(5) Do Not Disturb: A low-tech solution which allows kids to have a "bad hour" or a "bad day." Give each student a "Do Not Disturb" sign they can put in front of them when they need to retreat. Listen, we all need to retreat at times, but schools - typically - just keep pouring the pressure on. Students can't close their office door, or walk out for a cup of coffee. And as that pressure builds, learning stops.

So put up the sign and neither teacher nor other students will bother you. Obviously if a kid uses this all the time, you need to intervene, but in general, kids don't want long-term isolation, they just need time to back away and regroup.

- Ira Socol

06 August 2010

Barack Obama's Belief in the Least

On National Public Radio's Talk of the Nation on Thursday the topic was "How have discussions about race changed?"and Leonard Pitts, Pulitzer Prize winning columnist for the Miami Herald, said this:
"I actually want to go back to something that Mr. Gergen said because I think he touched on something very important. He was talking about the fact that so many people take it for granted that African-American and Latino kids are ineducable, and that this feeling persists, even in the light of empirical proof that this is wrong. I think when he says that, what he does is he hits on sort of a very fundamental truth about why we still have trouble with race in this country. We tend to make our decisions and tend to base our perceptions on caricature, which is impervious to fact.

"I've been writing in my column recently, about the drug war and about the fact that the overwhelming majority of drug users and drug dealers in this country, statistically, are white. And it is so difficult to get that past peoples filters, because in our minds and the popular imagination the, quote, unquote, drug user and drug dealer are some black kids on a corner in Baltimore.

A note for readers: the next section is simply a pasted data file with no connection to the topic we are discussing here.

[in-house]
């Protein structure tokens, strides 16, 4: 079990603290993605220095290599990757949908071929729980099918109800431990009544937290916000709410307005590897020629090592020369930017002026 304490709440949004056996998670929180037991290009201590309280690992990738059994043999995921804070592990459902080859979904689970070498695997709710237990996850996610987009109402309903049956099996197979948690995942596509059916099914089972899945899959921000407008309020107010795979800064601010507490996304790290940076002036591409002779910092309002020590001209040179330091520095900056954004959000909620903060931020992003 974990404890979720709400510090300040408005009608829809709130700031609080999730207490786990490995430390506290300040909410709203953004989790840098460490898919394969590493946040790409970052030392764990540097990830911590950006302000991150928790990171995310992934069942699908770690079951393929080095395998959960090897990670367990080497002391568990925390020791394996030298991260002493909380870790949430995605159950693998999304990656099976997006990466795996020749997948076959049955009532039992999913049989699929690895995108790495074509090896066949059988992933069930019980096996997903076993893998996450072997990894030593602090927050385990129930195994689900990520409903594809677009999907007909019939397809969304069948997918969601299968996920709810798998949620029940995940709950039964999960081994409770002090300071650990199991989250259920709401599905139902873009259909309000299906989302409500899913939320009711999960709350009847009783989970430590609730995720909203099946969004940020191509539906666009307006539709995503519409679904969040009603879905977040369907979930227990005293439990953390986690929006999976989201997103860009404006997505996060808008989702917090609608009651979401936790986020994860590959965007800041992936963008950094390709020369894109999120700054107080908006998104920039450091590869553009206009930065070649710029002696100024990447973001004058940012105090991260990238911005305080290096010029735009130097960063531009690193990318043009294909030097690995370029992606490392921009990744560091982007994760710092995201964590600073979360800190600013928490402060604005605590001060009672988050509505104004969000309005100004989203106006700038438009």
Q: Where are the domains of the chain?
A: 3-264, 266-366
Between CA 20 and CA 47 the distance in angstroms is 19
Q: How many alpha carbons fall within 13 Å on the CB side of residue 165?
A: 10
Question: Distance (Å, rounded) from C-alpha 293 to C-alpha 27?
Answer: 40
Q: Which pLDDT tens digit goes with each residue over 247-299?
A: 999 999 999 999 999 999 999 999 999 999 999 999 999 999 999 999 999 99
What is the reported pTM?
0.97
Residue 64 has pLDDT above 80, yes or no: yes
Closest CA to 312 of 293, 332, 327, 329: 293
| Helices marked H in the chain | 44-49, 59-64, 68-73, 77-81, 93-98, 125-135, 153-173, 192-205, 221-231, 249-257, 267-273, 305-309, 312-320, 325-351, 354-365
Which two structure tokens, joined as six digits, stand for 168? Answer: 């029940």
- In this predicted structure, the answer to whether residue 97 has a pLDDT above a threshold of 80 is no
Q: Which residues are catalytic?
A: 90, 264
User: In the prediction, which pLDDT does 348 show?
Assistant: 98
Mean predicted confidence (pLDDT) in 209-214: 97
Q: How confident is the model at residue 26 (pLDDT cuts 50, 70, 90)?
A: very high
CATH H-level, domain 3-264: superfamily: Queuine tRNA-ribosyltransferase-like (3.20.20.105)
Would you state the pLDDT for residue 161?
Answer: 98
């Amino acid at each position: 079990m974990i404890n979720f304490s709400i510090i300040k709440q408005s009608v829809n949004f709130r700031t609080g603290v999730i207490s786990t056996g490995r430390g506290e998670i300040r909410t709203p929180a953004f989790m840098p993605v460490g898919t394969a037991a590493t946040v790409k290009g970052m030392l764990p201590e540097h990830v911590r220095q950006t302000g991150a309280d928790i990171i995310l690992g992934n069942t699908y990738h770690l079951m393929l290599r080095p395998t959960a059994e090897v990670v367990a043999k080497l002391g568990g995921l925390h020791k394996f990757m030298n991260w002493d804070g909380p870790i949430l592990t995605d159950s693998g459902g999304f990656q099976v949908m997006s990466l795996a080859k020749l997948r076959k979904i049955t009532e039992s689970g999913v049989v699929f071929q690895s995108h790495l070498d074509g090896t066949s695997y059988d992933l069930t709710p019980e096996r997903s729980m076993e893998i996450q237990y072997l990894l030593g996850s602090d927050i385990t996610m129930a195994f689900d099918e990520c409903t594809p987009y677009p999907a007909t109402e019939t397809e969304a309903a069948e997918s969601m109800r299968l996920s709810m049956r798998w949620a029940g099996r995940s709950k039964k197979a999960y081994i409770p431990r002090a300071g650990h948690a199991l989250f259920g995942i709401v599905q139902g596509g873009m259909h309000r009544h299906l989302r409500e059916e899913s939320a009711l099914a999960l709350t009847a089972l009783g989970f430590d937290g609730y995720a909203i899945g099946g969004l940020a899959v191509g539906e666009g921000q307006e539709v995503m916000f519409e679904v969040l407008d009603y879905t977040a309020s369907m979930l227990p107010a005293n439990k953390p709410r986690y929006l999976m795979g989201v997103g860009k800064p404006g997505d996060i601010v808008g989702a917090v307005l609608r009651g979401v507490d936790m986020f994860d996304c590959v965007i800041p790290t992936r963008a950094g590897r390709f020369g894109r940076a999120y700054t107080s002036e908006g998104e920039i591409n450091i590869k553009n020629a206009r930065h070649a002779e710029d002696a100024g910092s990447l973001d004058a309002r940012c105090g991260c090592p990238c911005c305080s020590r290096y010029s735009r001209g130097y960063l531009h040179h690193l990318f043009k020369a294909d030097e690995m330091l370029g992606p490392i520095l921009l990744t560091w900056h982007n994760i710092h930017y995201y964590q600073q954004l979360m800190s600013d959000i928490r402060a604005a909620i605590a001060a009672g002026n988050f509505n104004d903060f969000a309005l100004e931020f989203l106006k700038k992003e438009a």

"That's not the common - or the most common picture. But we have these caricatures, these, sort of, narratives in our head that we are absolutely stuck on and invested in. And we got to get beyond those before were going to make any kind of progress."
"so many people take it for granted that African-American and Latino kids are ineducable, and that this feeling persists, even in the light of empirical proof that this is wrong"

I listened to this the day after the Obama Administration announced its Educational Innovation ("I3") grants, and after I spent the day working - albeit remotely - with the principals of the Albemarle County Public Schools on expanding access to learning.

The winners of the "innovation" grant program: Teach for America - which provides untrained teachers for America's most vulnerable minority students while pumping up the resumes of rich kids; KIPP Schools - today's recreation of the US "Indian School" program for the "retraining" of minority children; and Success for All - a scripted reading program devoted to teaching reading as a skill, not a life function;  all have a few things in common, from campaign contributions to rich folks behind them, but especially, that they are all emblematic of the Obama Administration's belief "that African-American and Latino kids are ineducable."